If the national sport is a reflection of the nation itself, then the turmoil of the last week in football tells us an awful lot about the state of Britain.
I’m not referring to plucky little Leicester shaking up the established order of things, or even the sight of 62-year old Manuel Pellegrini being forced into early retirement as his employers seek a younger replacement, but the ongoing debate around ticket pricing. This is not a new issue, but one that is prominent this week on both the front and back pages since Liverpool fans staged a well-executed mass walkout in the 77th minute of their game against Sunderland on Saturday.
Their protest at the announcement that tickets next season would cost up to £77 prompted renewed debate of the cost of football and Alan Shearer’s first noteworthy contribution to Match of the Day in nearly 10 years as a pundit. Liverpool’s announcement was only the latest money-driven change in the sport, following in recent months the unveiling of a new multi-billion pound TV deal for Premier League clubs driven by increasing demand both at home and overseas. Despite the cash flooding into the game, ticket prices at numerous clubs continue to rise.
In many ways, the forces shaping this debate are the same as the ones shaping occasionally heated discussions elsewhere in society.
At Trajectory, a recent focus of ours has been the housing crisis, which, as with football, is seeing a new generation of potential homeowners shut out by ever greater price inflation, in part driven by the investment of overseas billionaires. You could also look at economic growth more broadly, which as we continue into recovery is soaring in Premier League standard London, but ranging from Championship to Evo-Stik level elsewhere in the country as local economic prospects deviate further and further from the average.
Within football the widening gap between the richest and the poorest clubs echoes the polarisation of socio-economic classes elsewhere in society, which, as analysis by Mike Savage has shown, can no longer be neatly divided between rich, middle and poor. Instead, clubs range from an elevated coterie at elite level through to a Precariat at the bottom, where they– reflecting the experiences of many in society – lack anything resembling economic security.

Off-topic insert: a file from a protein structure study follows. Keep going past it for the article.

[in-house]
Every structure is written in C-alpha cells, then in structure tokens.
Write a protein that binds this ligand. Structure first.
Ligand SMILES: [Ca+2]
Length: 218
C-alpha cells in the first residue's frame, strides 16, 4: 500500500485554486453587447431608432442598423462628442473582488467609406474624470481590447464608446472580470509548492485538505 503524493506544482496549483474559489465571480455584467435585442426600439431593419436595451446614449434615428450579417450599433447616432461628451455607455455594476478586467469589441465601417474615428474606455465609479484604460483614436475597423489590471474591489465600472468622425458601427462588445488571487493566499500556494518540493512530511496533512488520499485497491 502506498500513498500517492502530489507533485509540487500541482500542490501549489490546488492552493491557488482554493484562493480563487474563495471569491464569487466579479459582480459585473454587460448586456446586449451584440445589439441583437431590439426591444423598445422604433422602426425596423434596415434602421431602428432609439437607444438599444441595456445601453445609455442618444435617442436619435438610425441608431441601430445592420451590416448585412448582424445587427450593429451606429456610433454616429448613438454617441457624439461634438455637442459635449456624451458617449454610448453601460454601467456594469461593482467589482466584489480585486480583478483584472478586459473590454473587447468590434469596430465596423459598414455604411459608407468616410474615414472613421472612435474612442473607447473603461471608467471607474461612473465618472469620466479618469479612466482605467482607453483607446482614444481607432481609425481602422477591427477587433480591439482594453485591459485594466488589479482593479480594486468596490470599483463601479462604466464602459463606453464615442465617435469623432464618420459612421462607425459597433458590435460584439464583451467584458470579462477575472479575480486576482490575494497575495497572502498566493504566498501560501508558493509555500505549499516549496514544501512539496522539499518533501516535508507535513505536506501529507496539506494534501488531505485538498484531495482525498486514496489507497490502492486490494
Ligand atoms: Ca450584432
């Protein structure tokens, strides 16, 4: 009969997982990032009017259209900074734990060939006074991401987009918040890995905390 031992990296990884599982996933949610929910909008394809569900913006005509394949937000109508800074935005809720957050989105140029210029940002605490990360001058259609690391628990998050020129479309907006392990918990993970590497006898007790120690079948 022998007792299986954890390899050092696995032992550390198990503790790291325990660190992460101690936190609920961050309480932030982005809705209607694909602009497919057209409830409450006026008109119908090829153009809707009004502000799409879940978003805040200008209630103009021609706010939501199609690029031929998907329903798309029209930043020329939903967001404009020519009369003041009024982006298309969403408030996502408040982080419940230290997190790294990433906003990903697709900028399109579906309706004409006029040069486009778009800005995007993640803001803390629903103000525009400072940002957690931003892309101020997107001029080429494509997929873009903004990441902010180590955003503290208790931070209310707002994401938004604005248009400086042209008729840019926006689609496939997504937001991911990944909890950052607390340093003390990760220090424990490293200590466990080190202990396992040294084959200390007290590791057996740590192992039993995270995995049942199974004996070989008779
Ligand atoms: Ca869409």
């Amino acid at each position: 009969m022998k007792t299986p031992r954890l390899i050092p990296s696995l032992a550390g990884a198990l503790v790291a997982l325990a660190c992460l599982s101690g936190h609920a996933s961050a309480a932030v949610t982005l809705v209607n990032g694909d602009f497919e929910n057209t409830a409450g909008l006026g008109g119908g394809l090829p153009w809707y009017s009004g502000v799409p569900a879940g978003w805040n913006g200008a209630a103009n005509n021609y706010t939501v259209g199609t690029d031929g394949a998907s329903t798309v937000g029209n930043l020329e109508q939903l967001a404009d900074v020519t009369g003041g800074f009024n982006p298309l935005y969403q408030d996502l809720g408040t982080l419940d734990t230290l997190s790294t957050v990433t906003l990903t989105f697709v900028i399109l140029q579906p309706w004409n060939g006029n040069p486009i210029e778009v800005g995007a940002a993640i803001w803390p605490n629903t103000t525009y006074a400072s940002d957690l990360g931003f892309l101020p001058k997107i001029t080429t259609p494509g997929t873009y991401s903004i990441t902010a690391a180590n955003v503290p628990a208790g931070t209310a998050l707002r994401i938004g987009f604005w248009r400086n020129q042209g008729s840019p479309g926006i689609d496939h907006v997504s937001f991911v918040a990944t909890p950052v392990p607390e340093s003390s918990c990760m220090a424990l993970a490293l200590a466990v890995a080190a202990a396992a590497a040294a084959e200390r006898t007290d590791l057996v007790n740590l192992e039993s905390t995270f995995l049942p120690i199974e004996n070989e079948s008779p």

In football these market forces will ensure that the medium term future of the premier league is secure, especially as demand for both tickets and TV subscriptions remain healthy – so healthy, in fact, that short of nationwide, multi club coordinated protests, it is difficult to imagine any significant changes in policy.
But in the longer term, other trends suggest the global dominance of the Premier League (the brand) and its marketable products (the matches, the players) are in question.
Despite their recently boosted coffers, the recent transfer window was one of the quietest on record in England, and across Europe, with spending down 26% on the same window a year earlier. In China, however, coordinated state and private investment in building the profile and spending power of the domestic game has come to fruition, with Chinese clubs securing dozens of highly rated players from European leagues (several turning down British clubs in the process). A bigger domestic game in China provides competition for players the Premier League wants to attract and the foreign leagues currently broadcast.
The notion of English football diminishing in scale may seem far-fetched – or at least far off – given the money flooding into the game and its rapid rise in global prominence. But in time priorities may have to shift from their current emphasis on remote viewing to those who fill the stadiums.